b. The Evidential Argument from the History of Science (AHS) – This argument was ripped apart in a past discussion that I remember (with Crude and CL and others, I believe…I’m sure you will disagree, but that is not surprising given that philosophy is a discipline of disagreement), and it has (at my last count) at least 10 flaws, but its worst flaw is that it assumes both that there is such a thing as “matter” and that there is such a thing as a “naturalistic” cause (or explanation), but neither of these need be accepted by the theist or skeptic, either of whom could be an immaterialist (or a-matterist) and/or an occasionalist (where God is the only true cause). So your argument rests on an assumption that need not be conceded, and hence, the argument is flawed from the start. It is also circular given that you need to deal with the objection from the occasionalist, but to do that, you cannot assume a natural cause, which is what the occasionalist denies; you would either have to disprove occasionalism or disprove the existence of any god through other means, but this, in turn, makes your argument redundant. So the argument is either redundant or begs the question. Not a good state for an argument to be in. Furthermore, even if the existence of “naturalistic” explanations was conceded, it would still be the case that if a deist non-interventionist god existed, we would expect all explanations to be naturalistic even on this type of deism, and so again, there is no evidential value in favor of naturalism or deism with this argument as naturalistic explanations would be equally likely on both worldviews.

Con’t…

investigativeapologetics said...

Con’t…

c. The Evidential Argument from Biological Evolution (ABE) / The Evidential Argument from Physical Minds (APM) / The Evidential Argument from Evil: The Biological Role of Pain and Pleasure (AE: APP) / The Evidential Argument from Evil: The Flourishing and Languishing of Sentient Beings (AE: AFL) / The Evidential Argument from Evil: The Self-Centeredness and Limited Altruism of Human Beings (AE: AVV) - See Point (a) – Again, none of these arguments hold any evidentiary weight against a non-interventionist god and so do not support naturalism over such a deism given that all these facts would be equally likely on naturalism or deism.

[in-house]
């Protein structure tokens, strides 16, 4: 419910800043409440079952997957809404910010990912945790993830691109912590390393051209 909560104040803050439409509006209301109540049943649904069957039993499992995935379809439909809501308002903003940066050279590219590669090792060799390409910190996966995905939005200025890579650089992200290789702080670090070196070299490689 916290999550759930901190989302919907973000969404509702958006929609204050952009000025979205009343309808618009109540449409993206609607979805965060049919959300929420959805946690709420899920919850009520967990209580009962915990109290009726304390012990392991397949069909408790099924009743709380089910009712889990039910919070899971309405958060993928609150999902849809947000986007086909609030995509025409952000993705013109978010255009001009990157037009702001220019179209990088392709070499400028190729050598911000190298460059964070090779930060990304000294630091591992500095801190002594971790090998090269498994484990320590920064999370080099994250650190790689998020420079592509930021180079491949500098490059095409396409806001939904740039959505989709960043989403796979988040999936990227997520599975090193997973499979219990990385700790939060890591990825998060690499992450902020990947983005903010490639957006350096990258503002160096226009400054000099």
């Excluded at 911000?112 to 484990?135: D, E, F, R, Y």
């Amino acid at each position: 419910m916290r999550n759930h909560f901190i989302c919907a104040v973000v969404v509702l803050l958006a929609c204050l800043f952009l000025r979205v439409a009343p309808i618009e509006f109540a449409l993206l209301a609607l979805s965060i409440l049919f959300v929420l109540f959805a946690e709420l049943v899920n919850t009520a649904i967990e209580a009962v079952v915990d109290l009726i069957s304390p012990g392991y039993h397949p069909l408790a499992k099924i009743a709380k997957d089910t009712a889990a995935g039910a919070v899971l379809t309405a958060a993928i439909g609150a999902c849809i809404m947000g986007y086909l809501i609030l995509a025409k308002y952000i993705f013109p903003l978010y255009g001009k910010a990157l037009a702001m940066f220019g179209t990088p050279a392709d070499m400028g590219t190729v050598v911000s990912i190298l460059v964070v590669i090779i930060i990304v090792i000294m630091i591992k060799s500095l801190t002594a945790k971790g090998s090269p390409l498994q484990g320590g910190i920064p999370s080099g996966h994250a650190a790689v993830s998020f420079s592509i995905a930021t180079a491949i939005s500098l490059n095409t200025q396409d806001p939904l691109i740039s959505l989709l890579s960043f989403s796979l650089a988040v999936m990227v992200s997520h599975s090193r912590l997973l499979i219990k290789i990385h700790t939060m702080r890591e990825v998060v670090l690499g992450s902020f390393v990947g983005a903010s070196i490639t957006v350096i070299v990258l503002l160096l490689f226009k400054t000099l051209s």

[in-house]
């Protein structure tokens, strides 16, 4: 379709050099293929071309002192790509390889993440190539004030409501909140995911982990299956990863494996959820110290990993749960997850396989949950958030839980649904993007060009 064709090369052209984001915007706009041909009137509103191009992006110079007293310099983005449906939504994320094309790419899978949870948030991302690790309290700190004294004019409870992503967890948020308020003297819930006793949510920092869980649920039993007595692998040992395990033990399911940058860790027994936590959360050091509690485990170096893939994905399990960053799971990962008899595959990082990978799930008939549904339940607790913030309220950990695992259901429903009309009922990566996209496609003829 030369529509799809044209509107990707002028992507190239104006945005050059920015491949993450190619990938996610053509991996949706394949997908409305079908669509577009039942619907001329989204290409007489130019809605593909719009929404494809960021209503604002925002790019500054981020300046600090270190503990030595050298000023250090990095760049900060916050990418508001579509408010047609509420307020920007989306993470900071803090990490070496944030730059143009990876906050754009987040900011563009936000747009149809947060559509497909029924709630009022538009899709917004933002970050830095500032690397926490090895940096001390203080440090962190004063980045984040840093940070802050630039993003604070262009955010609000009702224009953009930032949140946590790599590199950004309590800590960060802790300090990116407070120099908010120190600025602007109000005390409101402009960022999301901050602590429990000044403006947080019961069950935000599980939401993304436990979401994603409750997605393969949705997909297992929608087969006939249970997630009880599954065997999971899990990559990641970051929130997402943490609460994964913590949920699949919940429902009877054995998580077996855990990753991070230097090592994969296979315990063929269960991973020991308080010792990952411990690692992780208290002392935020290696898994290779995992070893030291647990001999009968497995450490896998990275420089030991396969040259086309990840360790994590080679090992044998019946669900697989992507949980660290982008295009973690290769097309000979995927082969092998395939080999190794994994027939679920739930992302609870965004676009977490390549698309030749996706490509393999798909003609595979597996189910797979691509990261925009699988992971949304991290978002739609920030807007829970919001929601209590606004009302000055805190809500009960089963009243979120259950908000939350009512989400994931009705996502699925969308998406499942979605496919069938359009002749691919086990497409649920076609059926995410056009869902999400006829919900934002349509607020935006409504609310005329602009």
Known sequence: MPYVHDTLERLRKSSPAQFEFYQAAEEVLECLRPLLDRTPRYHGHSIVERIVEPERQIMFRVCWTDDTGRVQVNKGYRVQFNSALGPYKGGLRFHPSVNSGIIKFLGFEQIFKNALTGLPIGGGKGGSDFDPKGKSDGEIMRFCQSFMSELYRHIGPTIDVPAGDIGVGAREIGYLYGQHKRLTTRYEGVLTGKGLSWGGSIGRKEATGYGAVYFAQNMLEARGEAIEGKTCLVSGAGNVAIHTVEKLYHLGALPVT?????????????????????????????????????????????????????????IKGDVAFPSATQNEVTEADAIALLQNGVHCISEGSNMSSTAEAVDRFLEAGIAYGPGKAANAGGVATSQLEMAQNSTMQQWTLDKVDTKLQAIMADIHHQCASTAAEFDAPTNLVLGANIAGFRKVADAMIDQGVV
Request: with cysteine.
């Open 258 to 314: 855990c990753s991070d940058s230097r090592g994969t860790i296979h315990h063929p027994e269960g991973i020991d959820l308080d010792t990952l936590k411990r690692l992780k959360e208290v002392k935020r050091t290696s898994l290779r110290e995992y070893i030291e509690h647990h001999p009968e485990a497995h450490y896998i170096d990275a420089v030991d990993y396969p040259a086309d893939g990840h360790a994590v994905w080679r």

Now, you could, of course, try to claim that aspects of prior probability or modesty/coherence (from Paul Draper’s ‘Burden of Proof’ Argument, which I know you support) might make atheistic-naturalism more rational or more likely than some type of theism. But again, there are numerous problems with such maneuvers. First, prior probabilities are notoriously difficult to establish objectively, and I, on that basis alone, I would be suspicious of any argument, by an atheist, which just happens to show that atheism (or atheistic-naturalism) has a higher prior probability than theism. Second, in all your arguments (and your priors) you begin with the assumption that materialism—in the sense of metaphysical matter actually existing—is true, but I do not concede this assumption (being an a-matterist and thus lacking a belief in the existence of matter) and so this must be proven before any one of your arguments gets off the ground and before you can even set the prior probabilities that you want. Third, modesty and coherence does not favor naturalism, but rather a type of Berkelian immaterialism, for it is that view that makes the least assumptions about reality (only thinking things exist, which we cannot deny, and is thus the most modest) while remaining coherent (and it is arguable that atheistic-naturalism even is coherent), so Draper does not help you much. Fourth, even if we grant the existence of matter, given the fact that a “material god” could exist, and given that a good case could be made that the prior probability of a “material god” existing is either just as good or better than the prior probability of straight atheistic-naturalism (for consciousness, language, life, would have a higher probability of existing given the existence of a material god than given just straight atheistic-naturalism), then, once again, your arguments run into trouble.

Now, I am certain that you might scoff at certain proposals that I have put forward (for example, immaterialism or occasionalism) as being not worthy of consideration. And that’s fine. But my point is this: I do not need to concede to the very assumptions which are latent in so many of the arguments that you put forward, and the moment I do not concede to those assumptions, not only do your arguments lose nearly all their force (if not all), but you actually have the burden to prove the things that you are asserting. And demonstrating such things (such as the actual existence of matter, for example) is a very difficult task to say the least. Furthermore, until and unless you do demonstrate the existence of these things you just essentially assumed, I could readily contend that you hold to them with little more than blind faith. And so these are just some of the brief reasons why, when atheistic arguments are thoroughly deconstructed, and when we realize the various underlying assumptions that they make—assumptions which we need not grant—and when we also understand that the atheist is literally denying the existence of all reasonably possible gods, which could and would include a god such as a non-interventionist one, then we can begin to understand why the atheistic position, when viewed broadly and positively, lacks any evidence for its claim.